If the steakhouse can be made relevant in an era that has left luxury behind, the new generation is showing that it also can catch the mood of global eclecticism. Seen from one angle, Latin-accented places such as Del Campo, Rural Society, Toro Toro, and Claudia’s are clever hedges, restaurants that aim to minimize the risk of serving Peruvian, Argentinean, and Mexican flavors in a high-end format by emphasizing the least exotic dish on their menus. But seen from another, they actually represent something new for the steakhouse, proving that the idiom is endlessly malleable and can absorb a range of influences.
None of the new steakhouses embodies the changes quite like Claudia’s, which opened four months ago in downtown DC. The most remarkable thing about it—and there’s a lot that’s remarkable, including the $125 martini and the price-gouging wine list—is that its owner, Claudia Rivas, is a woman, a rarity in a genre designed by and for men. Even with the new, more metrosexual dining rooms that have been the norm for more than a decade, there has never been a steakhouse in this city as gaudily opulent—a fantasia that looks as if it were airlifted intact from the buzzy scenes of Miami and Vegas. You imagine that if a sign were posted outside, it would read: No dull-suited businessmen. This is a place for sexy young things.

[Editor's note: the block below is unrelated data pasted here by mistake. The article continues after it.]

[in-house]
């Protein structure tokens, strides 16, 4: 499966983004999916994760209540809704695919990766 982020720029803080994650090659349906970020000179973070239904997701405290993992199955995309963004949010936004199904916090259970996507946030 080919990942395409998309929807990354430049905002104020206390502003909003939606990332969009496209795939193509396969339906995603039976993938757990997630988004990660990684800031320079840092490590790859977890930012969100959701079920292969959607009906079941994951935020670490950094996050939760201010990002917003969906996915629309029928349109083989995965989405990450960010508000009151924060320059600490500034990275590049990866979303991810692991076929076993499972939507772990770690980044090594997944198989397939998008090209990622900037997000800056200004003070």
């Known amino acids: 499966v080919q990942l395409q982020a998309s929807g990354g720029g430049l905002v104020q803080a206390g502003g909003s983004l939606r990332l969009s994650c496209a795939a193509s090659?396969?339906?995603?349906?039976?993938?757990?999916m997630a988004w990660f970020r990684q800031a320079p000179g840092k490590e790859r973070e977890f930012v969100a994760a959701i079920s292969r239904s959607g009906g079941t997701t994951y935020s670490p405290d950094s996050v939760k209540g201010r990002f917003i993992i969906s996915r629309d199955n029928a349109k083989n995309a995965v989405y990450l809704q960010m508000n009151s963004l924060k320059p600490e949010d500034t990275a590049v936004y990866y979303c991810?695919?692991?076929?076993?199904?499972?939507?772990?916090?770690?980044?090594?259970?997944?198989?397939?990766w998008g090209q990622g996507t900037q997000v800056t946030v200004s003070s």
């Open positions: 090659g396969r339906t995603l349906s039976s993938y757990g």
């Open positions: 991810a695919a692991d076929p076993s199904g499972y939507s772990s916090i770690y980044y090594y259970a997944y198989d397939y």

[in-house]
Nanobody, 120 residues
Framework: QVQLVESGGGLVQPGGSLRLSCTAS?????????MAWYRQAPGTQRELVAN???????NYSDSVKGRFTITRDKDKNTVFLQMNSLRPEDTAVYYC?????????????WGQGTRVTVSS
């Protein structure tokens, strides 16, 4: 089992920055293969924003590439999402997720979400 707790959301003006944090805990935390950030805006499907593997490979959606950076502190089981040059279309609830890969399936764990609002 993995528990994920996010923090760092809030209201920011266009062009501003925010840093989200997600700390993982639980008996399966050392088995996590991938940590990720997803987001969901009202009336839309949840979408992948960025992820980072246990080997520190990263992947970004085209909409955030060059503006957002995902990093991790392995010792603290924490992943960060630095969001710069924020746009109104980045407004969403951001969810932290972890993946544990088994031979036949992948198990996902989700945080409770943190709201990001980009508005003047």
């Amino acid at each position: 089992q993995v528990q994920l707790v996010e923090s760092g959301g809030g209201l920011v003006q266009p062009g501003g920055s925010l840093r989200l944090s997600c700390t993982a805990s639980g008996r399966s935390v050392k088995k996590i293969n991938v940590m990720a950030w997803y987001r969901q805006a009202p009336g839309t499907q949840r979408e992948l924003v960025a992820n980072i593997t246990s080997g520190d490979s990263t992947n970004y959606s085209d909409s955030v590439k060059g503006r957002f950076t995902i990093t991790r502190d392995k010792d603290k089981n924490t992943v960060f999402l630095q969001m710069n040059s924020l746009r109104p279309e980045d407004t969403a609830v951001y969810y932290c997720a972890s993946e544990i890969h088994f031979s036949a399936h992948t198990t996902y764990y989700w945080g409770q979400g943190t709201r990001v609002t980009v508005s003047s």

In this, Claudia’s seems to have drawn inspiration from STK, a New York-based chain that opened last year, billing itself as a steakhouse “for ladies,” with smaller portions and a bright interior.
You may have noticed that I haven’t uttered a single word about the meats. Steakhouses have always been more about size than quality, so to dwell for too long on the merits of the chow is to miss the point. Still, the sad fact of eating in a Washington steakhouse these days is that you’re unlikely to turn up a great steak. Or even many good ones.
Actually, the best steak I ate in my month-plus of research was not at a new spot, but at a ringer, a place I already knew I liked: Ray’s the Steaks, in Arlington, which is so lacking in appointments (not even a votive candle graces the tabletops) that Rivas would probably consider it an extended conference room.
I needed a reminder of what a steak could be, and the hanger at Ray’s was it: a thick rope of grass-fed, corn-finished beef with that certain something I hadn’t come across in weeks: flavor
I hadn’t intended to eat it all—I was kind of sick of steak at this point, to be honest—but I ended up cleaning my plate nevertheless.